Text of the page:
Garner’s family seeks mayor’s testimony on chokehold death
NEW YORK (AP) — Eric Garner’s relatives asked a court Tuesday to force New York City’s mayor and police commissioner to answer questions under oath as the family seeks to pull back the curtain on the investigation into his 2014 chokehold death.
Garner’s mother and sister, joined by police reform advocates, filed a petition in state court seeking a summary judicial inquiry, a special proceeding allowed by the city charter that enables the courts to act as a check on the actions of city government.
The court did not immediately rule.
The legal fight, which includes a demand for troves of records related to Garner’s case, comes a week after the police department wrapped up the only two disciplinary cases to arise from his death.
The department fired Officer Daniel Pantaleo on Aug. 19 for using a banned chokehold on Garner and announced a few days later that a sergeant who responded to the scene had agreed to forfeit 20 days of vacation time to resolve her disciplinary case.
Garner’s mother, Gwen Carr, and sister, Ellisha Flagg Garner, allege that Mayor Bill de Blasio, Police Commissioner James O’Neill and other city officials neglected their duties in their handling of Garner’s death.
Under the city charter, a summary judicial inquiry allows city officials to be questioned under penalty of perjury about matters of alleged official misconduct. Afterward, transcripts of their testimony are made public.
“There is no area of local government where public accountability is more necessary than policing, especially when police conduct results in the loss of life,” lawyers for Carr, Flagg Garner and the advocates said in their petition. “Yet, there has been scant information released by the city about Mr. Garner’s death.”
City Hall and the police department pushed back on the request for such a proceeding.
“The police department conducted a fair and impartial investigation into this matter, including holding a public trial,” City Hall spokeswoman Freddi Goldstein said in an email. “For the first time, officers were held accountable.”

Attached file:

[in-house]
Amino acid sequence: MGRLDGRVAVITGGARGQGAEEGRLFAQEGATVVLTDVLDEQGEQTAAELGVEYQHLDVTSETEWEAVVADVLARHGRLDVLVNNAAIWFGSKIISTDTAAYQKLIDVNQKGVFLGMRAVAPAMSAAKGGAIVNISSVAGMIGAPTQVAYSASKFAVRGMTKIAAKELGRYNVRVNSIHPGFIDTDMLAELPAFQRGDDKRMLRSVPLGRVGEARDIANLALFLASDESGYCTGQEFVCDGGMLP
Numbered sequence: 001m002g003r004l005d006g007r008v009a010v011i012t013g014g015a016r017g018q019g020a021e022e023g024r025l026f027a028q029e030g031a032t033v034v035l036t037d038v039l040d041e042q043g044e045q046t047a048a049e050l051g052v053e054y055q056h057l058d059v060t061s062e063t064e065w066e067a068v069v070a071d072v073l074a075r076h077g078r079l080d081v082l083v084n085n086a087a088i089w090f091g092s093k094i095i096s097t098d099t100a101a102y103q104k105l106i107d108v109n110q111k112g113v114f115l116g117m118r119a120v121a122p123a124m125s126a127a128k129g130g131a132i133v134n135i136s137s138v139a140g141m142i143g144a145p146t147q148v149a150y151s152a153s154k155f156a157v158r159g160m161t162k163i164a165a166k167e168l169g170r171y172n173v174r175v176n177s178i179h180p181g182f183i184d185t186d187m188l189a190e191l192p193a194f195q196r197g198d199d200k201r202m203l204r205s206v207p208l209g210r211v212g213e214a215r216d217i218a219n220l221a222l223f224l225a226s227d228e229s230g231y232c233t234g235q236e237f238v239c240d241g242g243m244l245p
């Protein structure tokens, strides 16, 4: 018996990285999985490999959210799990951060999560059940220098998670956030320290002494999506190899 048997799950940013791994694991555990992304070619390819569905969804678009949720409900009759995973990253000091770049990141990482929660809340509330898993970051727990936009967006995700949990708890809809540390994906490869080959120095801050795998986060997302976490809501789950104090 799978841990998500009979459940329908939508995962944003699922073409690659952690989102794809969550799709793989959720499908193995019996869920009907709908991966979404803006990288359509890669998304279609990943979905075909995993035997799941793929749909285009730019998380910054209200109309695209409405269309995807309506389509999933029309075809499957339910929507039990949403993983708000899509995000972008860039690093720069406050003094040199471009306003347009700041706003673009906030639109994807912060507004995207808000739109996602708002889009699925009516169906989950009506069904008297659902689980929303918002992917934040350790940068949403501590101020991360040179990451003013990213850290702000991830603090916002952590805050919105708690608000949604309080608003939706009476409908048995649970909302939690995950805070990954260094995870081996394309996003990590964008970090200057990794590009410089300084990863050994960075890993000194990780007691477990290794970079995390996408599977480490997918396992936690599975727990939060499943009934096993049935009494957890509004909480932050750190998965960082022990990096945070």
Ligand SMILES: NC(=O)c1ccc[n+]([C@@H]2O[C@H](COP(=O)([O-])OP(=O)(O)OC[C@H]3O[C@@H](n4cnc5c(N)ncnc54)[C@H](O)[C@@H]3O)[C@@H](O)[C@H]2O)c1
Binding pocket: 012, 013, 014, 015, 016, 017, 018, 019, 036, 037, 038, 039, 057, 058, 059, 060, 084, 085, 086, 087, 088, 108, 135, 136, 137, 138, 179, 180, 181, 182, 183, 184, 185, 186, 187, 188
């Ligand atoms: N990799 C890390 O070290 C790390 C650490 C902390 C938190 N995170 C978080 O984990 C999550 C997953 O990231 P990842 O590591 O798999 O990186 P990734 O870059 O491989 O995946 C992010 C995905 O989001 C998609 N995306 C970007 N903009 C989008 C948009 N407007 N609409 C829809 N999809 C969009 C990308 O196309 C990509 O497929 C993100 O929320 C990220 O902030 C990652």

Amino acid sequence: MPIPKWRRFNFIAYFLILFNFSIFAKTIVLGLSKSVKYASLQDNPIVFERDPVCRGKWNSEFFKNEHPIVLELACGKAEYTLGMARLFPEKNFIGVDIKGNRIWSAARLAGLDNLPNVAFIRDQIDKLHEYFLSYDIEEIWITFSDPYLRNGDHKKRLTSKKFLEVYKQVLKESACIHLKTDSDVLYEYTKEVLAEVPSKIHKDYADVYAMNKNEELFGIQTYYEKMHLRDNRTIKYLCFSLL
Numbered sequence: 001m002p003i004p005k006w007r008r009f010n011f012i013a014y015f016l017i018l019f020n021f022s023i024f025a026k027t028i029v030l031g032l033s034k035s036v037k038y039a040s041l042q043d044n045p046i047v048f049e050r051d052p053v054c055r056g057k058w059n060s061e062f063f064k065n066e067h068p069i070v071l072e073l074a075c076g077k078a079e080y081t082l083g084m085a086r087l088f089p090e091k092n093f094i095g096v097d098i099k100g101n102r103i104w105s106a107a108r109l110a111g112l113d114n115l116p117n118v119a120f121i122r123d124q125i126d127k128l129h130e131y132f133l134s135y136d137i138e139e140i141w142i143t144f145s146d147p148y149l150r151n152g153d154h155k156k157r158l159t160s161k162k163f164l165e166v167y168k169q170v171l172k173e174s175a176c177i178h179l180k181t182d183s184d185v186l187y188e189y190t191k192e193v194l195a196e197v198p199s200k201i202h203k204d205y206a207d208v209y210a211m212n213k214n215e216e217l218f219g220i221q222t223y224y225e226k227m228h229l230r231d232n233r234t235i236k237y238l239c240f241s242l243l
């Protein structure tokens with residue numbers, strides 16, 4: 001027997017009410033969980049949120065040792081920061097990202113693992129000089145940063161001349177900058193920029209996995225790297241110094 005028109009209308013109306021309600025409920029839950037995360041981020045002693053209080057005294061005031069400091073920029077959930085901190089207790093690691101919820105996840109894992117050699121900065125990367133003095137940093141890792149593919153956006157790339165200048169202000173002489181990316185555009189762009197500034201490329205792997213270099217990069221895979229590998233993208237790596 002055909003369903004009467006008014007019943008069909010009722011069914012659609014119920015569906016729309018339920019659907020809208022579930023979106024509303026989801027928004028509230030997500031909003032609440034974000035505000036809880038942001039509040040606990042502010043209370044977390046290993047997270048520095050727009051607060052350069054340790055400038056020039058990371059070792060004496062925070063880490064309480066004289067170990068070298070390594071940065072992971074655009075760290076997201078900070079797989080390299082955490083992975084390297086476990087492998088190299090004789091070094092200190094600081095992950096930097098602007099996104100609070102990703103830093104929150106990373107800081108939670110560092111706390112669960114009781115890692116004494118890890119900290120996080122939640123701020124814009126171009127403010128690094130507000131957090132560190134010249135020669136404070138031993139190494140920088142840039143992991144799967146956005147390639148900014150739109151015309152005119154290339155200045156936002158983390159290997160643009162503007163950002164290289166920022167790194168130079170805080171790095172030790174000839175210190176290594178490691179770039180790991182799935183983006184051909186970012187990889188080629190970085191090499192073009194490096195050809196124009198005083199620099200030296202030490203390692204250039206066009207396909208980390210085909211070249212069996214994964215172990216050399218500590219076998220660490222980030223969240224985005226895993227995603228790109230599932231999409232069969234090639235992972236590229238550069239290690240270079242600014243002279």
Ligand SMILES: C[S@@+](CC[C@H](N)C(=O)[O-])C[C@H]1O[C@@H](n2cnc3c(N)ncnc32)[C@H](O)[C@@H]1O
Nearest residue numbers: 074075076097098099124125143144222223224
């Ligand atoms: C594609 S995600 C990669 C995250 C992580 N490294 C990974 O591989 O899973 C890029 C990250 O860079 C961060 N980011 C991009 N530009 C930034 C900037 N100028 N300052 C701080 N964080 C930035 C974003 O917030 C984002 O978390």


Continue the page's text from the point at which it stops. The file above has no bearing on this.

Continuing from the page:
Police spokesman Phil Walzak said in an email: “The police commissioner promised the people of New York a fair, thorough, and unbiased trial process, and that is precisely what occurred.”
He added that every request for records, under the state’s Freedom of Information Law, “will be evaluated on its merits, in full accordance with the law.”
Carr and Flagg Garner said they remain frustrated with what they see as a lack of transparency in the police disciplinary process and said a lack of accountability for other officers involved amounted to the city “sweeping this under the rug.”
One of the reasons there hasn’t been a free flow of information on the disciplinary cases is a state law that keeps police personnel records secret. O’Neill has said he supports changing the law. The union opposes changes.
Pantaleo’s department trial was open to the public, but space in the courtlike room at police headquarters was limited and the department didn’t allow video or photos.
Because of the privacy law, trial transcripts were not made available to the public. Neither was the final report in which an administrative judge recommended that Pantaleo be fired.
“After all of the games they have played for more than half a decade, we have no faith that they have really been diligent in investigating officer misconduct,” Carr and Flagg Garner said in a written statement.
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